In August 2015, I was blessed with the opportunity to take part in the Japanese Language Training Program in Japan. The two weeks I spent in Japan were so dream-like; I still cannot believe that I got to see things that I had only seen through a screen or a book before, like in manga and drama. It was nothing like watching anime at home, or going to Japanese classes back in Egypt. I was overwhelmed. I met a lot of people, went to a lot of places, and while that naturally improved my Japanese skills, that was not the only thing I gained. There were numerous things I learned about, like manners and much more.
Everything was in Japanese: reading, listening, speaking, and writing. Even the tour guide explained almost everything in Japanese, and all that immersion made my head so full of Japanese. At first, however, I was worried about whether I could express myself well in Japanese, but my nervousness soon melted down thanks to the teachers, personnel, and interns there. There were also many times when I got lost, and put in a situation where I would have to ask someone about the way or I would not be able to go anywhere. So I had to get over my anxiousness and ask people, and when I did, they were all very courteous, and some of them even showed interest in me, and asked me where I was from, or how I learned Japanese. Experiences like these made me more confident to try and speak Japanese as much as I could even if I did not think I could do it.
What boosted my confidence even more, were all the friends I made there. We were all from different countries, but we had one thing in common: we all loved Japan, were studying Japanese hard, and were doing our best to communicate and understand each other in Japanese. It was so much fun being able to talk together freely and casually, with no care for appearances or beliefs, and we always ended up talking a lot, which also improved my conversational skills. What is more, the constant language challenge increased my determination to get better and better at Japanese.
During the home visit, I talked about a variety of very interesting topics with the host family, and I felt that I was spiritually refreshed. I could strongly feel the Japanese politeness and mannerism. Seeing how Japanese families live, I learned about their culture and the way they think. I was so happy to be able to make takoyaki (octopus dumplings) myself, learn about tea ceremony, and eat Japanese sweets. What left the deepest impression on me was how happy the host family was to meet us – the trainees. After connecting with so many Japanese people, I could understand them more and explore multiple perspectives, and I felt that I have got closer to them. Furthermore, I have learned things like “how to say this correctly in Japanese” and “how should I go about this so as not to be thought of badly by Japanese society” which faced with numerous situations. The Japanese expressions, dialects, aesthetics and traditions the Japanese teachers taught us in the classroom were also very handy. The Japanese study websites are also extremely useful. Since I could listen to a variety of dialects and accents, I can now tell them apart when I hear them in anime and the likes.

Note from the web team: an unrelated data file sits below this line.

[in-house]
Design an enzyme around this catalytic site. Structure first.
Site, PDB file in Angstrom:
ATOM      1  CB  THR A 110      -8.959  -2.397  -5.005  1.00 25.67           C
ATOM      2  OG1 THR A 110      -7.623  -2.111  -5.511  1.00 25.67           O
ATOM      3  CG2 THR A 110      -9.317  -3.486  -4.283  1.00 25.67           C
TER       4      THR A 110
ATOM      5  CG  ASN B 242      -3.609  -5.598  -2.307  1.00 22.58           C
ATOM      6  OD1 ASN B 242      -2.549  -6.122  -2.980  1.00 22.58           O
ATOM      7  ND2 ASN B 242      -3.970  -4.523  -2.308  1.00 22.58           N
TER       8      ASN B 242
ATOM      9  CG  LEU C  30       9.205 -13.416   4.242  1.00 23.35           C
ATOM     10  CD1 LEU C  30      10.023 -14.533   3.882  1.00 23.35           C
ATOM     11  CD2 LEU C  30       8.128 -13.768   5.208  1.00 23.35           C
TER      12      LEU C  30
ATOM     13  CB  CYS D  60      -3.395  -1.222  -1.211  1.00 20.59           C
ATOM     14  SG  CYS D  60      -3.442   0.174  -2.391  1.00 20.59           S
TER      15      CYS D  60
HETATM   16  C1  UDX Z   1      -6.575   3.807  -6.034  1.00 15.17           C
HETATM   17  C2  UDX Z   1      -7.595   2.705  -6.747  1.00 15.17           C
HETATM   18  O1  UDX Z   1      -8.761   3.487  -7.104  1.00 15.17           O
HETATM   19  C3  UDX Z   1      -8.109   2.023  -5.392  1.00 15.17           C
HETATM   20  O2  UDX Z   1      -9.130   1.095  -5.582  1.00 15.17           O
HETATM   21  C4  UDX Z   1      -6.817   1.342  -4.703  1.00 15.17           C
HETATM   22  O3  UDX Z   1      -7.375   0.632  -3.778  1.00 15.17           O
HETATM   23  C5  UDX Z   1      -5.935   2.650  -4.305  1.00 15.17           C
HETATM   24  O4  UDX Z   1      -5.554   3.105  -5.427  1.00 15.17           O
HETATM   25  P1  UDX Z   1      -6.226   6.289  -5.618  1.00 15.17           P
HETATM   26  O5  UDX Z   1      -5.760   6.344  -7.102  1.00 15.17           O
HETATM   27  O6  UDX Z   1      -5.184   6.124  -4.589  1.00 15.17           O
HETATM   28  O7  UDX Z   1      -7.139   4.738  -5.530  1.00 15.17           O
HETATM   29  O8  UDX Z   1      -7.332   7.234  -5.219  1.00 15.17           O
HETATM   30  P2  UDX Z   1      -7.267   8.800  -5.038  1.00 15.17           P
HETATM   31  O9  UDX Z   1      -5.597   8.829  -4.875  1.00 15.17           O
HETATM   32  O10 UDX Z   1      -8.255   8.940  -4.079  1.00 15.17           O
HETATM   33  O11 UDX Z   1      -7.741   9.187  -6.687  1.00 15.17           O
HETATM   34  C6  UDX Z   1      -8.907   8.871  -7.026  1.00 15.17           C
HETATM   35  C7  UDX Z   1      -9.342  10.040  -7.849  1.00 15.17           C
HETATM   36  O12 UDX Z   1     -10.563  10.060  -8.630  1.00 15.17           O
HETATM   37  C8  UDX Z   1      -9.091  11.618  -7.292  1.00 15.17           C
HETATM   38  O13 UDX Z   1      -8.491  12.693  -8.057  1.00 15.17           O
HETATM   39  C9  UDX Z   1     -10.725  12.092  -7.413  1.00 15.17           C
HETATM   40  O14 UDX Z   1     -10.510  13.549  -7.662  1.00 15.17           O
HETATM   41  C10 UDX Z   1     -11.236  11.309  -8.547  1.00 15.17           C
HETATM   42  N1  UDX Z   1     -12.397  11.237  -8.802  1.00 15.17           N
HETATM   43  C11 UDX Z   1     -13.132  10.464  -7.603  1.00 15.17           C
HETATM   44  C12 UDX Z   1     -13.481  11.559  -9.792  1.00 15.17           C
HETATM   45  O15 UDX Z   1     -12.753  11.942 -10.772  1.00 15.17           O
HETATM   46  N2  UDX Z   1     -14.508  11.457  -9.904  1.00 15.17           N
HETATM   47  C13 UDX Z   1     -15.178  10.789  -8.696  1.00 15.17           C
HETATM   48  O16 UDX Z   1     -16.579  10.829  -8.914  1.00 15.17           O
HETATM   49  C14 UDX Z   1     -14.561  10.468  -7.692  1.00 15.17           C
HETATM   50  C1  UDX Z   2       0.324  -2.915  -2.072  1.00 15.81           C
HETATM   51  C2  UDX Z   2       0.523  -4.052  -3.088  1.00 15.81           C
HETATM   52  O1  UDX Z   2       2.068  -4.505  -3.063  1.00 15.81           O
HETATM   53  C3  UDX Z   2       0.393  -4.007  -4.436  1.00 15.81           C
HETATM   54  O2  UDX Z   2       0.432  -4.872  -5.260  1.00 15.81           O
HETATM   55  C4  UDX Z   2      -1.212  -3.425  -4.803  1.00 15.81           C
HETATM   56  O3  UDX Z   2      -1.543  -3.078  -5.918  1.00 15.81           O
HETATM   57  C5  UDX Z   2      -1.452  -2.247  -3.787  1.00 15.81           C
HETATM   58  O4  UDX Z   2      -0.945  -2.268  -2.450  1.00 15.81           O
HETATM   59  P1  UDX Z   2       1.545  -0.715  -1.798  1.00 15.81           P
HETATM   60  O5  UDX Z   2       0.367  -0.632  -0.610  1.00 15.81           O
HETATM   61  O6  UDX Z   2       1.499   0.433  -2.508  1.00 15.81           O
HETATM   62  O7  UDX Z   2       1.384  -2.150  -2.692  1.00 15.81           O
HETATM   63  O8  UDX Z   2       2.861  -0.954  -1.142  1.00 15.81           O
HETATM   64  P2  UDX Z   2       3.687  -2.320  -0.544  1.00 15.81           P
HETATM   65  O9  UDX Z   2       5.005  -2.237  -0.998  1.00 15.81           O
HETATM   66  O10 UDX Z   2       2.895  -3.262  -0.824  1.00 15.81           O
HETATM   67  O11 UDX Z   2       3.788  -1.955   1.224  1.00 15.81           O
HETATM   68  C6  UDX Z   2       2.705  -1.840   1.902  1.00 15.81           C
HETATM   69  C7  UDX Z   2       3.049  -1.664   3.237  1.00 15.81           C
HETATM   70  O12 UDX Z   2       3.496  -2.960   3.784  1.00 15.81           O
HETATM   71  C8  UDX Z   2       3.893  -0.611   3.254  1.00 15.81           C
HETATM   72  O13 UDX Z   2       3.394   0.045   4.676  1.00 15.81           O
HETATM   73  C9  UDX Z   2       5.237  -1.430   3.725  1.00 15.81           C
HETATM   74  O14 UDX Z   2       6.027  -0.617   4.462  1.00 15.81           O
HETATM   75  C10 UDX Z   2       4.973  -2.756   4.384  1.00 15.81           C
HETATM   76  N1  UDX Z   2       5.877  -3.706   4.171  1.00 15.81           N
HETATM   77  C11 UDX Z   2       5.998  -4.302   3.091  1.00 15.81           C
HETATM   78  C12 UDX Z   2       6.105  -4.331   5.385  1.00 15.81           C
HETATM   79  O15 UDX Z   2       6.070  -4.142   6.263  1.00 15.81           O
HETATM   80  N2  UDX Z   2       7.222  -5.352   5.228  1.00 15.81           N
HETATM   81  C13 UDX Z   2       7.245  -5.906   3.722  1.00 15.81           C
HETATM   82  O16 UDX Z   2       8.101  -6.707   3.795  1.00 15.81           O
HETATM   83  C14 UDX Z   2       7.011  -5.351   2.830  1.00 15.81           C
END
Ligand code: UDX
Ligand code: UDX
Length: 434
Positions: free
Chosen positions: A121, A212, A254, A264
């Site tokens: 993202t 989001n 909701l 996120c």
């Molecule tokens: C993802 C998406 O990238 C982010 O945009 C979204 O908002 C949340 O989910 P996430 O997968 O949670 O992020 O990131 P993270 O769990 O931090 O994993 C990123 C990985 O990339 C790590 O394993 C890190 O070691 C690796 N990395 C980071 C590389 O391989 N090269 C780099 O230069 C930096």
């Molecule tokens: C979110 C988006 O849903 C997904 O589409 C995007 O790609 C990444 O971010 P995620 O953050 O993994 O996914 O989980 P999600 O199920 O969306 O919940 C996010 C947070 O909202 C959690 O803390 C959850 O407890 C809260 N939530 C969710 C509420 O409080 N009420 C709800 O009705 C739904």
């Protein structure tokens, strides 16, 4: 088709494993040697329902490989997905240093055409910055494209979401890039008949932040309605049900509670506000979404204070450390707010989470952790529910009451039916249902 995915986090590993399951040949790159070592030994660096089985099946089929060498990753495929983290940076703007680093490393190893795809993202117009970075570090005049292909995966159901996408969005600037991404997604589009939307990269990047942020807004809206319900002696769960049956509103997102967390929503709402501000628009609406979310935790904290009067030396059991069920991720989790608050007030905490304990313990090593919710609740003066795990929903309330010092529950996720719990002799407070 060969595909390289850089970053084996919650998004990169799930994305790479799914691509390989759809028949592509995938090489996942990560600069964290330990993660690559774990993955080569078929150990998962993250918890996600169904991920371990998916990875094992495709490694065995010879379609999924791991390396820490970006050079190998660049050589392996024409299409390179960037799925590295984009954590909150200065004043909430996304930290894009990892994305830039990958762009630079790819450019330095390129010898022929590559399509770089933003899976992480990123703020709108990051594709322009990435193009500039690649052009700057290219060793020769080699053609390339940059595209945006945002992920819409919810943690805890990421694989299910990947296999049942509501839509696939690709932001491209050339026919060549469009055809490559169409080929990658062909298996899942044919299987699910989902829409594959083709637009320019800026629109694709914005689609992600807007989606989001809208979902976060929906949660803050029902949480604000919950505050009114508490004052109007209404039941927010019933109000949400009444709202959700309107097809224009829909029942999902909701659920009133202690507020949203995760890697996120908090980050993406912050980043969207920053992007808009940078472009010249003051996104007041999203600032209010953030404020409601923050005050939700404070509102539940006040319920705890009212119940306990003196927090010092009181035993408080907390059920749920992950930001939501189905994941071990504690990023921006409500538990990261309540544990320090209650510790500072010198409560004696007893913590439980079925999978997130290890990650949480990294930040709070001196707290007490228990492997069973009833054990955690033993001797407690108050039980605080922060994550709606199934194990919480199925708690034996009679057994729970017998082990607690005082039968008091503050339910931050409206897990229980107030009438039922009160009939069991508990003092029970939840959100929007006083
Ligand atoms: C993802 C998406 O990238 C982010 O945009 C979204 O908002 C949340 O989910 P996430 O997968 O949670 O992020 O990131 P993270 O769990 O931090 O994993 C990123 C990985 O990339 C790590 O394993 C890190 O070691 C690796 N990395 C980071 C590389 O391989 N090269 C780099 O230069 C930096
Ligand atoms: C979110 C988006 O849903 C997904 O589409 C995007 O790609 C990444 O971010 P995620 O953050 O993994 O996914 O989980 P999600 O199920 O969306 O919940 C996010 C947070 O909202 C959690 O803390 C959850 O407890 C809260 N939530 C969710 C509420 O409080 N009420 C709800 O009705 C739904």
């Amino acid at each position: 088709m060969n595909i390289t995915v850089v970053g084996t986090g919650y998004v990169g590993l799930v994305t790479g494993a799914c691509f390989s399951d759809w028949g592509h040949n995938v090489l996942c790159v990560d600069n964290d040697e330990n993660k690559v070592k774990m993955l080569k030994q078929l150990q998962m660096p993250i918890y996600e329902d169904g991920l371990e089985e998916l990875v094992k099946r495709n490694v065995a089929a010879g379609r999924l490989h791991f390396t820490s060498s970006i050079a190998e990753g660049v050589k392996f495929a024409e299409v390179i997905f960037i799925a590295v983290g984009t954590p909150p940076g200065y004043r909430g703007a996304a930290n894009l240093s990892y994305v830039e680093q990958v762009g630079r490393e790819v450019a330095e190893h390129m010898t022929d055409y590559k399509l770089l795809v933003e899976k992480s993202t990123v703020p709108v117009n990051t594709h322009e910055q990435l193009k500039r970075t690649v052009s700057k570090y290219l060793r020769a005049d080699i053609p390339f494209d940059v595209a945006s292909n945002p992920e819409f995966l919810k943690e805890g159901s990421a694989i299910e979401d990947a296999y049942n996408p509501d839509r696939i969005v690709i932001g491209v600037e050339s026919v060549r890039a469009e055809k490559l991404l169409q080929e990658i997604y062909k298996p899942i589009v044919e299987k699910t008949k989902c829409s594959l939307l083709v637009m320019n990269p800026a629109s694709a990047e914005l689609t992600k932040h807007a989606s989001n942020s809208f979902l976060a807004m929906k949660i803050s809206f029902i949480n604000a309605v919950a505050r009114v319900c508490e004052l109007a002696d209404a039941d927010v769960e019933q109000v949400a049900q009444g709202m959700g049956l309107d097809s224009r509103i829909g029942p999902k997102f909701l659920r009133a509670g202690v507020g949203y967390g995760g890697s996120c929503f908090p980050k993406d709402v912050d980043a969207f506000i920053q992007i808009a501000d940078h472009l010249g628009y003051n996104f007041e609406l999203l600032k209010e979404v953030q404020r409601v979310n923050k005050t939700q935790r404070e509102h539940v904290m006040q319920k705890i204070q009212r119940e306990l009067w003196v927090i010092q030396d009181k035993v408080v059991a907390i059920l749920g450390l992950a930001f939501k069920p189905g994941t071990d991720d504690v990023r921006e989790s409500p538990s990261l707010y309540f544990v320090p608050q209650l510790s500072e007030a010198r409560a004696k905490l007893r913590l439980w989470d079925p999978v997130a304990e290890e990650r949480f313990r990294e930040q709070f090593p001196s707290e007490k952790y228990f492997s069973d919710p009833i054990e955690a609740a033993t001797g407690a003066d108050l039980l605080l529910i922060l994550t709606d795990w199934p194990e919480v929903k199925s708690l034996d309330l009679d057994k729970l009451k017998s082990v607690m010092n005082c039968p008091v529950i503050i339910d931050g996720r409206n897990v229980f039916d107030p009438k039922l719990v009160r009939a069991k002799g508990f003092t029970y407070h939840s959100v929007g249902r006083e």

My love for and knowledge about Japan has considerably deepened thanks to the cultural activities and trips we made. Learning more about the tragedy in Hiroshima, and visiting Kyoto’s temples was very informative to me, who had already been interested in Japanese history. In my free time, I had fun going to many historic places related to the Shinsengumi.
The more I learn about Japanese spirit, the more I want to study it, and the more I want to convey this knowledge to a lot of people. It would be great if I can use what I learned and experienced in Japan to help my friends who are learning Japanese with me in Egypt. I want everyone in Egypt to know Japan’s great environment, where “human beings” are valued, and the highest technologies are created for the good of the people. I would love for them to do their best at studying, so that they can experience Japan’s beauty. I will also do my best to help bridge gaps between Japan and Egypt. I wish for them to let go of unpleasant thoughts and anxieties, and just freely speak Japanese without being afraid of making mistakes. I learned this from my seniors, and I keep saying this to myself, as well.
I am deeply grateful to everyone in the Japanese course in Alexandria, everyone in the training program, and Japan Foundation, who helped make this possible. Overall, I feel that I have grown.
Now that I have graduated from the Japanese course in Alexandria, that trip to Japan has been and will be the ray of hope which supports me. Everything I saw and experienced in Japan motivates me to give it my all, and pushed me forward. Even if continuing to learn on my own might be difficult because I no longer go to classes, I have closely experienced how amazing the world of Japan is, so I can never give up. I still want to understand Japan and Japanese people better. I am pumped up!
I will cherish the precious time I spent, and the irreplaceable relationships built during this program. Everybody I met in this program is going to each walk their own path, but I would like it if I remained in someone’s memory.
I am sorry for troubling you, and thank you very much!